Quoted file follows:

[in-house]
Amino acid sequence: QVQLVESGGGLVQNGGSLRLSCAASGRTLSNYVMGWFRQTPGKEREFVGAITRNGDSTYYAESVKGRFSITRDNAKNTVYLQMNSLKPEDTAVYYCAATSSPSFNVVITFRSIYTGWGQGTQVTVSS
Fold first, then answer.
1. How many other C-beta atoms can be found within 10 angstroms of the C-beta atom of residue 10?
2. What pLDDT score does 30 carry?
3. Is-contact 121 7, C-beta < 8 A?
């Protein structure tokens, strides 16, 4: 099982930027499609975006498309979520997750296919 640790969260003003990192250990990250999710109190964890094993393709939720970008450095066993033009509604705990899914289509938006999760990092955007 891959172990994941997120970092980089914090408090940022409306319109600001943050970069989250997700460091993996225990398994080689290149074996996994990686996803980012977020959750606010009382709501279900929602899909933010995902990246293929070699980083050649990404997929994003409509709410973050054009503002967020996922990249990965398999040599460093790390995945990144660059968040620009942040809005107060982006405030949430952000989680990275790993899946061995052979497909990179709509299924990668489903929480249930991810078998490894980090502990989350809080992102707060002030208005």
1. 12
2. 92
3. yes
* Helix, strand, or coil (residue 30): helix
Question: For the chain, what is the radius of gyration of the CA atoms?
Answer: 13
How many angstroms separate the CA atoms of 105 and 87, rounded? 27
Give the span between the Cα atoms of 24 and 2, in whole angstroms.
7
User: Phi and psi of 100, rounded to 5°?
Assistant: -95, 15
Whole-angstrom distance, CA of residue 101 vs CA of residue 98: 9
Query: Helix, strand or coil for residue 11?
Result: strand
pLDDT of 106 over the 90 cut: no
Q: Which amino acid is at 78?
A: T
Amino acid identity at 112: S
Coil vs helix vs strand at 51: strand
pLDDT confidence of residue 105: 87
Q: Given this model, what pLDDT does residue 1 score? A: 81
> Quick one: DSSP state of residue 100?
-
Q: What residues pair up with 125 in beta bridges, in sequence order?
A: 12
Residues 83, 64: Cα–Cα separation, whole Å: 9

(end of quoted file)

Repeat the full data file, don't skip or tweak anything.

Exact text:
[in-house]
Amino acid sequence: QVQLVESGGGLVQNGGSLRLSCAASGRTLSNYVMGWFRQTPGKEREFVGAITRNGDSTYYAESVKGRFSITRDNAKNTVYLQMNSLKPEDTAVYYCAATSSPSFNVVITFRSIYTGWGQGTQVTVSS
Fold first, then answer.
1. How many other C-beta atoms can be found within 10 angstroms of the C-beta atom of residue 10?
2. What pLDDT score does 30 carry?
3. Is-contact 121 7, C-beta < 8 A?
């Protein structure tokens, strides 16, 4: 099982930027499609975006498309979520997750296919 640790969260003003990192250990990250999710109190964890094993393709939720970008450095066993033009509604705990899914289509938006999760990092955007 891959172990994941997120970092980089914090408090940022409306319109600001943050970069989250997700460091993996225990398994080689290149074996996994990686996803980012977020959750606010009382709501279900929602899909933010995902990246293929070699980083050649990404997929994003409509709410973050054009503002967020996922990249990965398999040599460093790390995945990144660059968040620009942040809005107060982006405030949430952000989680990275790993899946061995052979497909990179709509299924990668489903929480249930991810078998490894980090502990989350809080992102707060002030208005």
1. 12
2. 92
3. yes
* Helix, strand, or coil (residue 30): helix
Question: For the chain, what is the radius of gyration of the CA atoms?
Answer: 13
How many angstroms separate the CA atoms of 105 and 87, rounded? 27
Give the span between the Cα atoms of 24 and 2, in whole angstroms.
7
User: Phi and psi of 100, rounded to 5°?
Assistant: -95, 15
Whole-angstrom distance, CA of residue 101 vs CA of residue 98: 9
Query: Helix, strand or coil for residue 11?
Result: strand
pLDDT of 106 over the 90 cut: no
Q: Which amino acid is at 78?
A: T
Amino acid identity at 112: S
Coil vs helix vs strand at 51: strand
pLDDT confidence of residue 105: 87
Q: Given this model, what pLDDT does residue 1 score? A: 81
> Quick one: DSSP state of residue 100?
-
Q: What residues pair up with 125 in beta bridges, in sequence order?
A: 12
Residues 83, 64: Cα–Cα separation, whole Å: 9